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A new CMI analysis shows slow progress for women to senior management positions.
Employers who don’t publish action plans for how they will close the gender pay gap should face consequences, according to the Chartered Management Institute (CMI).
Its call comes as new data shows that just three companies in the FTSE 350 index now have no women on their boards – down from 152 in under a decade, but a survey from the Young Women’s Trust shows eight per cent of employers are not paying women who are on the same level as men equivalent pay – a practice that is illegal.
The CMI research, published for International Women’s Day, reveals slow progress in closing the pay gap for female managers with women outnumbering men in entry-level management roles, but still making up just over a quarter of senior managers.
The research with XpertHR shows that female managers in 2018 experienced a mean gender pay gap (GPG) of 23% – around £8,500. The equivalent GPG for female managers in 2017 was 27%.
The CMI says the concentration of women in junior and in lower-paid management roles is likely to be a key driver of the gender pay gap for female managers. The CMI analysis shows that women comprise over a quarter (27%) of the most senior leaders (CEOs, senior directors and directors), but make up nearly two thirds (59%) of managers in entry-level management roles.
It adds that this is not down to a lack of ambition amongst female managers. A recent CMI survey of managers showed that women are hungry for promotion, with 45% of female managers expecting to apply for promotion in 2019.
The CMI is calling for action to redress the gender imbalance and to accelerate work to close the gender pay gap.
CMI CEO, Ann Francke, said: “The latest CMI analysis shows that, despite the rhetoric, the reality is that closing the gender pay gap will take time, hard work and real determination.”
“A key driver for the gender pay gap is the lack of women in senior management and leadership positions. No organisation can be successful in closing their gender pay gap unless they have a plan in place to support more women into senior roles – and a leadership team that is committed to delivering it.”
“Pay transparency is a necessary first step – but we need to see action. This is why CMI is calling on every organisation covered by the gender pay reporting rules to publish an action plan showing how they plan to close their pay gaps.”
“At CMI we support ‘transparency with teeth’. The UK Corporate Governance Code requires companies to set out their board’s policy on diversity, the measurable objectives in place for implementing the policy, and progress against achieving those objectives. If organisations fail to comply with these requirements, they should face consequences.”
The Young Women’s Trust surveyed 800 HR experts and found 30 per cent said that their organisation had not taken measures to reduce its gender pay gap over the past year, despite the introduction of pay gap reporting. 10 per cent said their organisation did not know how to and does not take it seriously enough.
The Trust is asking employers to say what they pay in job adverts to aid transparency – a proposal that 55% of senior HR professionals think would help to bring about gender equality in the workplace. It also says employers should avoid asking candidates their current salary, which nearly half (47%) of bosses say they still do, and which disadvantages those who are already paid less than they are worth. Positive action measures, including targets to help more young women into male-dominated apprenticeships in industries such as construction and engineering, would also contribute to more equal workplaces.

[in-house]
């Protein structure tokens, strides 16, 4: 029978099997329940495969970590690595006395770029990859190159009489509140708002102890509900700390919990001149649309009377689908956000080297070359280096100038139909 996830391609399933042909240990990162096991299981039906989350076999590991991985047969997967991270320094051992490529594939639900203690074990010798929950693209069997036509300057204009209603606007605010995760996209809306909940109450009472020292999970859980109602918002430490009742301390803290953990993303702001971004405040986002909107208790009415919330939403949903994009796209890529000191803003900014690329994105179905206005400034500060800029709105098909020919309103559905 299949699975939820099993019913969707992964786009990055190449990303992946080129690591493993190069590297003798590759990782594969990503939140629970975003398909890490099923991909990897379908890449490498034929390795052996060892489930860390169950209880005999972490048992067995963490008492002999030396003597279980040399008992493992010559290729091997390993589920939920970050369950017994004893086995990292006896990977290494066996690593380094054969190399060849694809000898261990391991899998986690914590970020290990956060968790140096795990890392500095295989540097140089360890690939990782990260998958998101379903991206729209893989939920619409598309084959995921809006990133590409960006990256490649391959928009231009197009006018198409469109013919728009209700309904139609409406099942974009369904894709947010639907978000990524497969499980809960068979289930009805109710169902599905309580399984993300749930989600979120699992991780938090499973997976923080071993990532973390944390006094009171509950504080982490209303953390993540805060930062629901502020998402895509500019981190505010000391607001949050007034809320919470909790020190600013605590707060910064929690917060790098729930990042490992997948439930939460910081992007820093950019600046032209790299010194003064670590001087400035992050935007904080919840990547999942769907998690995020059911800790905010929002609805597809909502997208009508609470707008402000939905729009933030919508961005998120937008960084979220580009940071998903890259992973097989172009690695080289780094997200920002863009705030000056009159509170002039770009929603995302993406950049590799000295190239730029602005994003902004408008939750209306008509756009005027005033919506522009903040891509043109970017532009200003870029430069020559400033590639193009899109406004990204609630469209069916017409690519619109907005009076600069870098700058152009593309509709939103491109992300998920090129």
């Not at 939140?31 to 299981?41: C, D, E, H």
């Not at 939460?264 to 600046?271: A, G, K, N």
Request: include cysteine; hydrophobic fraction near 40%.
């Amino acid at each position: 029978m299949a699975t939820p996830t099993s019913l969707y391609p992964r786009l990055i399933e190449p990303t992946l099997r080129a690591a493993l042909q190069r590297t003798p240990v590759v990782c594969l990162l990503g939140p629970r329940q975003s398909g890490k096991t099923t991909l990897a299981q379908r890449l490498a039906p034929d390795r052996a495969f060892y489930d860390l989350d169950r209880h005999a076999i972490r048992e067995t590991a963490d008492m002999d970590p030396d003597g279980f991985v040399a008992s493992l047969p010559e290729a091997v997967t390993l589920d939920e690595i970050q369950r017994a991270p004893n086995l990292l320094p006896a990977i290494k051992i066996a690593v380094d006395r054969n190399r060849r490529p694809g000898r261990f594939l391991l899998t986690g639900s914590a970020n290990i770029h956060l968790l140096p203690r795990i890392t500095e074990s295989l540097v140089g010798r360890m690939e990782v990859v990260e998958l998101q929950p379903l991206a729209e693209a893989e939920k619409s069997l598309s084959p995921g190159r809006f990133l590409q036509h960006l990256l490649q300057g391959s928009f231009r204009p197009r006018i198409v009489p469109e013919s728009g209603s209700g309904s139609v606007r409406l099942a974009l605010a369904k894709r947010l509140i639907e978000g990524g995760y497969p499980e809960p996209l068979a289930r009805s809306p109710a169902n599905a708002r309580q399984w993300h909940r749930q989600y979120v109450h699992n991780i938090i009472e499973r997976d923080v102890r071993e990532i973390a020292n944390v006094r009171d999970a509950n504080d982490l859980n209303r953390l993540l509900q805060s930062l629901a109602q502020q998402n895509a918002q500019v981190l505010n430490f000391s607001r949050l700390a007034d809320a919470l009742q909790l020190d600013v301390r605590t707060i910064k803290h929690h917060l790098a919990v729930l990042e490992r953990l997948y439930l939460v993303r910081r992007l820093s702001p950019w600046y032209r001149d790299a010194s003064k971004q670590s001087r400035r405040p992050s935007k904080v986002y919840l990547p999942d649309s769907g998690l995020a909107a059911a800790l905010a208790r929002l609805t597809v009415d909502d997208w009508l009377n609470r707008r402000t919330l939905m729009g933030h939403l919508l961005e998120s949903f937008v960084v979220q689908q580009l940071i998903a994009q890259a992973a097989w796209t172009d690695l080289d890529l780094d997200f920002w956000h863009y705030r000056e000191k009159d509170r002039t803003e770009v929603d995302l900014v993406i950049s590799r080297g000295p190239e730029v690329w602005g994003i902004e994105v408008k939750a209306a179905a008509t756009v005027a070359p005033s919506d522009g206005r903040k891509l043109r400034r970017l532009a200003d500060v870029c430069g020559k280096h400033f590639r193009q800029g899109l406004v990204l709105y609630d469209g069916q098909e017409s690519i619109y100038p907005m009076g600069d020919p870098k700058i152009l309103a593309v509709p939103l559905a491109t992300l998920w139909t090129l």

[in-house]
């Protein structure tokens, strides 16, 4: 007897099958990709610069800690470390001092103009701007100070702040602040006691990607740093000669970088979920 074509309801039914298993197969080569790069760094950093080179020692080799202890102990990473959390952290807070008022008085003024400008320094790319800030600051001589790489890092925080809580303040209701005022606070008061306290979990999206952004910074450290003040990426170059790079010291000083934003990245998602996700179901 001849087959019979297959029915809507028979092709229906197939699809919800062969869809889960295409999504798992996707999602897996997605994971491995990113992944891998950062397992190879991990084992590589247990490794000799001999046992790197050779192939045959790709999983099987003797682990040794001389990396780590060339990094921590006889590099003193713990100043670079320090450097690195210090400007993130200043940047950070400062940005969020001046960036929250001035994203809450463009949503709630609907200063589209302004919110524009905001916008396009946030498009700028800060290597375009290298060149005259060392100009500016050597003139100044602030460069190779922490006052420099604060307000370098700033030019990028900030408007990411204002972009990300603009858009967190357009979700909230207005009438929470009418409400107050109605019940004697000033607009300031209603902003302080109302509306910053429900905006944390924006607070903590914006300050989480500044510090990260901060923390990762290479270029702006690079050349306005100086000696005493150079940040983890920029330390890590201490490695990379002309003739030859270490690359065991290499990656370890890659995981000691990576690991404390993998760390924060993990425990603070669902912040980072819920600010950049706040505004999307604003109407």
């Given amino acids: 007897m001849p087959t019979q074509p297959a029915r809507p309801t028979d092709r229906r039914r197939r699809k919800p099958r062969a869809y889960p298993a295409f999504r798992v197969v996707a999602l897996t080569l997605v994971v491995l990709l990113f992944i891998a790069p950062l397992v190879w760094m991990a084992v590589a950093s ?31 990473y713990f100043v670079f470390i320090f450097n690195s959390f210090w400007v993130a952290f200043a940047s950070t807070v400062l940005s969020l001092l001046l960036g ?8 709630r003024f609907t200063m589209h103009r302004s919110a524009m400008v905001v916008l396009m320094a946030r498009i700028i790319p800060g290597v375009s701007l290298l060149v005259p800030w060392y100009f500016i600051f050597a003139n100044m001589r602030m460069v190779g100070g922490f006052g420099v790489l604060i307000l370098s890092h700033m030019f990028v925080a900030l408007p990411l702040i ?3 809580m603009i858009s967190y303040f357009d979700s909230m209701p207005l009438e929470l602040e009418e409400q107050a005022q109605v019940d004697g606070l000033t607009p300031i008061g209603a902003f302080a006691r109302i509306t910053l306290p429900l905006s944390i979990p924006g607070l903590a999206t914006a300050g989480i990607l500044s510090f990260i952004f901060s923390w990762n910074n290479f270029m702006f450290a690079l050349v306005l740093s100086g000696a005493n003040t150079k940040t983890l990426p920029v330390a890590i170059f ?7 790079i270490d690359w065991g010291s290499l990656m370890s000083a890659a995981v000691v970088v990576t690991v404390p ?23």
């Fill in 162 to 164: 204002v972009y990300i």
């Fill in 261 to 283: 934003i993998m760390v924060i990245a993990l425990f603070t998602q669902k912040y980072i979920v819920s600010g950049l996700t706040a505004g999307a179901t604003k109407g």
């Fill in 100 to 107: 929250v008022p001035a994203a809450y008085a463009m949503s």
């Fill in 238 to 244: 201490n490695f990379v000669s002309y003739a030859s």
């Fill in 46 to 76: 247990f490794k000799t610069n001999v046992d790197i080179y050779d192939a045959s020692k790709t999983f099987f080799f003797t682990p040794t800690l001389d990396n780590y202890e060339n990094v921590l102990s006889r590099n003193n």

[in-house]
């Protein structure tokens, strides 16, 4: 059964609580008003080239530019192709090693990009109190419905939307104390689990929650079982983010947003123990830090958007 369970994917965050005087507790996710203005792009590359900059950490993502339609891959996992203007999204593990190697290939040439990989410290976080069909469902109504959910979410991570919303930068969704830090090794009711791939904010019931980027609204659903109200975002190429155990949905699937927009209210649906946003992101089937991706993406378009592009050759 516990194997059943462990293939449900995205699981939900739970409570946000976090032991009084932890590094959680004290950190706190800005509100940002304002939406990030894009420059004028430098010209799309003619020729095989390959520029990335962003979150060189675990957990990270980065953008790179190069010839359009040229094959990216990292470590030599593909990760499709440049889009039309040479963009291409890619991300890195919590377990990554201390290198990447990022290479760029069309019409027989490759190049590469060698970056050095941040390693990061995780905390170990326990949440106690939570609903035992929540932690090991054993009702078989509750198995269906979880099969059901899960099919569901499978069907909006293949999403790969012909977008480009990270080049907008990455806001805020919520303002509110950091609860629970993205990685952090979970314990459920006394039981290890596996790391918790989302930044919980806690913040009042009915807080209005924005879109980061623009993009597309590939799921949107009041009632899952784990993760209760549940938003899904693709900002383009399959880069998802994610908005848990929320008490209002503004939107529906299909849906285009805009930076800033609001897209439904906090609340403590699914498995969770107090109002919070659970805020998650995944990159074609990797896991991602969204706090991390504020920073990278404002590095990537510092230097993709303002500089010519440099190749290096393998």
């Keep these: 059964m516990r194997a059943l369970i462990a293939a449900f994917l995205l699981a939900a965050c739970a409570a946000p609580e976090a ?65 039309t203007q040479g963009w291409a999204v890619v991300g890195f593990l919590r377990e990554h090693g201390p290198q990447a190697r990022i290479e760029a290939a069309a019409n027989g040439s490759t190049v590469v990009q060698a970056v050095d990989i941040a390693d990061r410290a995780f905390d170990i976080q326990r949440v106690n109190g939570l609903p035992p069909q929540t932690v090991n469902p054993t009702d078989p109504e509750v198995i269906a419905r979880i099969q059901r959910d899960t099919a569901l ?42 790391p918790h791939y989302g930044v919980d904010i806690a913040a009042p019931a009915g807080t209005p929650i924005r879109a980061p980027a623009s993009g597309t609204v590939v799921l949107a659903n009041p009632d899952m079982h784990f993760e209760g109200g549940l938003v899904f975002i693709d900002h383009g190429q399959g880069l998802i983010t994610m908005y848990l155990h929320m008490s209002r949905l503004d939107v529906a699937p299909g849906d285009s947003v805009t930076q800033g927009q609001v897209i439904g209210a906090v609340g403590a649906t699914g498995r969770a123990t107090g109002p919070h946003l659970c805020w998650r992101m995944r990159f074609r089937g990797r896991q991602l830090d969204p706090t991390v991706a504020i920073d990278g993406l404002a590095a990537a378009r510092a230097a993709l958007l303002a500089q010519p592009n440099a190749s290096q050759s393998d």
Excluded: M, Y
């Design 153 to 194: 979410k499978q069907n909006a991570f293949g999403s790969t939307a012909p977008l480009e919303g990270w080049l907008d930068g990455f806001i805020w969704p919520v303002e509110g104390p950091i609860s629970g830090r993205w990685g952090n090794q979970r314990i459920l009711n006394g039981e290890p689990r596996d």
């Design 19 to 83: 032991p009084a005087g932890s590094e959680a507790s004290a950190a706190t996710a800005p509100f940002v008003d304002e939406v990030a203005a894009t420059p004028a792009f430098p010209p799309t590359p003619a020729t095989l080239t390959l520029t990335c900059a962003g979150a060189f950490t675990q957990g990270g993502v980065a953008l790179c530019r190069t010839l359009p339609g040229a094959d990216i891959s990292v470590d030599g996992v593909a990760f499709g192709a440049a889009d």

A report from the OECD also points to the slow pace of change. Its Social Institutions and Gender Index (SIGI) 2019 Global Report says that, despite gender equality reforms in many countries, with innovative rules and regulations in many countries, entrenched social and cultural norms continue to maintain discrimination against women and girls. The report estimates the loss of income worldwide attributable to gender-based discrimination at USD 6 trillion, or 7.5% of global GDP.
A second OECD report, Forward to Gender Equality: Mainstreaming, Implementation and Leadership, finds that in advanced economies, persistent gender stereotypes and bias in policymaking and budget decisions is hampering progress. While women comprise over half of public sector employees, there are still too few women in senior public jobs and decision-making posts, it says, adding that the digital transformation now risks creating new divides.
“Despite a global realisation that women’s equality is an urgent priority, we are moving too slowly in closing gender gaps, and in some countries gender gaps have even widened,” said the OECD’s Chief of Staff, G20 Sherpa and leader on gender issues Gabriela Ramos. “We need to do more and to do it better. We need to be smarter in the way we design and execute policies and be held more accountable on the results; otherwise we may be looking at another 200 years to achieve gender equality.”
The latest update to the OECD’s Gender Portal shows the gender pay gap across OECD countries averages 13.6% with the UK coming in at 16.5%.
Meanwhile bank BNY Mellon is reported to have ditched plans to ban employees from working from home only hours after media reports surfaced that staff were weighing legal action over the bank’s move to axe all homeworking from June. CEO Charles Scharf sent an email to 50,000 employees yesterday morning to say he had “listened and learned” to their concerns. The bank had been warned it would suffer an “exodus” of working parents at its London offices. BNY Mellon had said that bringing an end to a flexible working policy that allows staff to work remotely several days a week will ensure “better collaboration and quicker decision-making.”